A herd of elephants roaming southwestern China has captured the imagination of millions.
Monitored by hundreds of police officers assisted by drones, the giant animals reached Kunming, southern Yunnan Province earlier this week, after traveling about 300 miles from their native wildlife sanctuary, state media reported.
Adam Chang was hired to deliver corn and pineapple to the elephants, who average 3.50 meters tall and weigh 11,000 pounds.
He said what he saw was amazing.
“I’ve seen them pick apart the corn with their logs,” he told NBC News of the WeChat messaging and social media app.
“They’re just a lot more alive than the ones I saw at the zoo. It almost felt like they had a sacred aura around them, ”he said.
As news of their migration spread across China and went viral online, with many of them expressing amazement and fascination, experts warned that this rare journey could point to the inevitable and harmful consequences of human intrusion into the elephants’ natural habitat.
The herd reached Kunming on June 2, despite police efforts to lure them home. The animals took their time driving the busy streets, feeding, and stumbling into irrigation ditches before going to sleep in the nearby woods.
Following the trend on social media in late May, many internet users were in awe while some complained about the destruction they left behind.
Jason Cao, owner of a Yunnan mining company hired by the government to deliver their fodder, said he didn’t think the damage they caused was serious.
“Elephants are sacred animals that can bring happiness and peace to Chinese culture, so we are very happy that the elephants have come,” he said.
Both Chang and Cao refused to give their first names because they had not received permission from the local authorities to speak to the media and feared that they would retaliate. Instead, they asked to be identified by their “American” names.
The herd first became aware of outsiders in March 2020 when they left their home in the Xishuangbanna National Nature Reserve in southwest Yunnan on the border with Myanmar and Laos. According to the state news agency Xinhua, a calf was born in November and two elephants split off from the rest in April 2021.
Officials and experts say they do not know why the herd is migrating.
According to Tammie Matson, zoologist and research fellow at the University of Rwanda and director of Matson and Ridley Safaris, elephants can travel long distances when there isn’t enough habitat to meet their needs.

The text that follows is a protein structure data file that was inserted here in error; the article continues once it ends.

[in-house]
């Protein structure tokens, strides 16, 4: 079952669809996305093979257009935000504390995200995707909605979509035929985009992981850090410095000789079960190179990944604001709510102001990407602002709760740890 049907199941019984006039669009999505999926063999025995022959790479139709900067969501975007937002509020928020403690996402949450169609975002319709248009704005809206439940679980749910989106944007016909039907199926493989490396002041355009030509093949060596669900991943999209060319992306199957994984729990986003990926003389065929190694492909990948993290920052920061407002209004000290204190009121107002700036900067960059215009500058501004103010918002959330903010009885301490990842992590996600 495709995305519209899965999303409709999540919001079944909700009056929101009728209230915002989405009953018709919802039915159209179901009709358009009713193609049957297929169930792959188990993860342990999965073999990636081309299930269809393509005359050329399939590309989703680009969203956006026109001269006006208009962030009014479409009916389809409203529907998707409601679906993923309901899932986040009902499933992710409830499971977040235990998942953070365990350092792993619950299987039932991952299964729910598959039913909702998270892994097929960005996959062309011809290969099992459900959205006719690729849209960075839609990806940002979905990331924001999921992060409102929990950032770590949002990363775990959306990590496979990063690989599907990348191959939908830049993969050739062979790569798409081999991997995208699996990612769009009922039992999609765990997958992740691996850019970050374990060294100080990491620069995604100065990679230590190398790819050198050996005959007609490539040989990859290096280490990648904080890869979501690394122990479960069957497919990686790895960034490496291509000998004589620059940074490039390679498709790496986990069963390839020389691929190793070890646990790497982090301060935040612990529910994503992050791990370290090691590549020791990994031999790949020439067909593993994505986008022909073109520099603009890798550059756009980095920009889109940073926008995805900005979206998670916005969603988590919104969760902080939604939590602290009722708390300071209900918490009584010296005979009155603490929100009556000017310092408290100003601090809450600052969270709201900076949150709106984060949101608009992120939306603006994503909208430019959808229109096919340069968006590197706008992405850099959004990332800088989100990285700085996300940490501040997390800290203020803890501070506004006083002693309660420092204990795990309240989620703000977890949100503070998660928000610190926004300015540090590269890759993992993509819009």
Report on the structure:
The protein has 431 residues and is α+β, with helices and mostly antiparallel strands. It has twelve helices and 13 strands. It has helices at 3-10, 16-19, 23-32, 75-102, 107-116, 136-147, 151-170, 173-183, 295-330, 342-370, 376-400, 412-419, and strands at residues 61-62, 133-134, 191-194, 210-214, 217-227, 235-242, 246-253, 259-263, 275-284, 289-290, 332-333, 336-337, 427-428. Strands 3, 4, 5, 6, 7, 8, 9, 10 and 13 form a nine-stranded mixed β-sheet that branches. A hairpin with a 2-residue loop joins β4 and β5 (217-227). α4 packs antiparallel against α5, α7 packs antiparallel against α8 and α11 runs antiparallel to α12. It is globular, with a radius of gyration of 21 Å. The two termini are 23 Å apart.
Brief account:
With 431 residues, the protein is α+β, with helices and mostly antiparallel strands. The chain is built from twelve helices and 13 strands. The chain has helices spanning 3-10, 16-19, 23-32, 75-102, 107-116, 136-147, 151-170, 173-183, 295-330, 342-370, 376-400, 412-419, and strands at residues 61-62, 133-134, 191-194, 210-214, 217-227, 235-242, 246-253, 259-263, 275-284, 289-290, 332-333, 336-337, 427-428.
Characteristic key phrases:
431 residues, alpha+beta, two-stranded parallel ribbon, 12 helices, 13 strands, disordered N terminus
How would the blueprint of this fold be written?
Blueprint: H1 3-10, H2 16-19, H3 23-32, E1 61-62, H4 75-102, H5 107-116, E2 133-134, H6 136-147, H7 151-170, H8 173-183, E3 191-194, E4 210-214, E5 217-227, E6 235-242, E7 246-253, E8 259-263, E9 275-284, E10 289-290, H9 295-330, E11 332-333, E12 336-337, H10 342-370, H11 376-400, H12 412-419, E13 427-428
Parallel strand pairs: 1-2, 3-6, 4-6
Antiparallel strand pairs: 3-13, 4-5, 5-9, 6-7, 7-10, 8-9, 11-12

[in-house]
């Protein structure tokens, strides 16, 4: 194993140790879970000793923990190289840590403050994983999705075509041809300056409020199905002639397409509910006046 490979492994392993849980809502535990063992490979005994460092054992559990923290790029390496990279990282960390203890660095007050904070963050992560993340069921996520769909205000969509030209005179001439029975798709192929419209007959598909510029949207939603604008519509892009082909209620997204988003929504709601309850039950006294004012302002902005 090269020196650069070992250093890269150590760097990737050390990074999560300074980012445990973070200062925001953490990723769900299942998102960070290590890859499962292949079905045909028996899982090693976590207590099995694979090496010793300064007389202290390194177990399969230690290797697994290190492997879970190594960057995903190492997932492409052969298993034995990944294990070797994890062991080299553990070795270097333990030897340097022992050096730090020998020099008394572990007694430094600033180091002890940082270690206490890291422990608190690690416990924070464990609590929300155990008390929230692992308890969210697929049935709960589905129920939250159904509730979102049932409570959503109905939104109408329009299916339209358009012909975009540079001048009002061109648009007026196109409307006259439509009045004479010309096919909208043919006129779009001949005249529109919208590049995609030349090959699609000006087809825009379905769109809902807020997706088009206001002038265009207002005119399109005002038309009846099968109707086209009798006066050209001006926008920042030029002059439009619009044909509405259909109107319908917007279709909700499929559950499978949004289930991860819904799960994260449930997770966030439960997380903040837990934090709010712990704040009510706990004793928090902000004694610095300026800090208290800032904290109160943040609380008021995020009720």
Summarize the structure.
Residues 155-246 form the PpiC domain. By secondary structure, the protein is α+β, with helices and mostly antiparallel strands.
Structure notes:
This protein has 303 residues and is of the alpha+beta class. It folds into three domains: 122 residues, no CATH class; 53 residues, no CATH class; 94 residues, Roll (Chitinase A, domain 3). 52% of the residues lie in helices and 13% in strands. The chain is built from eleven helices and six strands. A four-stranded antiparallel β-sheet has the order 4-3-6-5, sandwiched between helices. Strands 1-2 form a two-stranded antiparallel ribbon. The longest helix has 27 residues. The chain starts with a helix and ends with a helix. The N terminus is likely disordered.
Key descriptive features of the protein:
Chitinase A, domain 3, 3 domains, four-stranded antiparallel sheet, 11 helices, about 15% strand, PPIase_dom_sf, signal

“Some might be forced to move away to get access to these resources to avoid competition,” she said.
Xinhua has reported that the population of Asian elephants in Yunnan increased from 180 in the 1980s to 300 in 2021. So it is possible that a subgroup of increasing numbers was looking for new habitats, got lost and simply continued to travel, according to Nilanga Jayasinghe, head of the wildlife protection team at WWF, an international non-governmental organization that specializes in nature conservation.
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Internet users have many theories about why elephants migrate and blame global warming and deforestation.
Asian elephants inhabit forests and grasslands, so the deforestation rate in Xishuangbanna, which averaged 4.1 square miles annually in 2010, may have contributed to the herd migration.
Still, long-distance migrations are not unknown to the animals, according to Raman Sukumar, professor of ecology at the Indian Institute of Science in Bengaluru, India, with similar migrations in India and Sri Lanka.
These trips can be detrimental to a herd’s health, he warned.
“I would expect the stress on the elephants to increase because the elephants are in completely different terrain,” he said. “It’s very densely populated … It’s not that easy for them to move around a city.”
For Hannah Mumby, assistant professor at the University of Hong Kong’s School of Biological Sciences, it is important to address the cause of her departure, otherwise this behavior could repeat itself.
The China Central Television News Agency did captured Signs of a second herd of elephants attempting to cross a river in Xishuangbanna.
In the meantime, those who saw the elephants say the experience is more than unforgettable.
“Before this encounter, I was just curious about animals, now I think I would volunteer with animal rights groups to protect these huge creatures,” said Chang.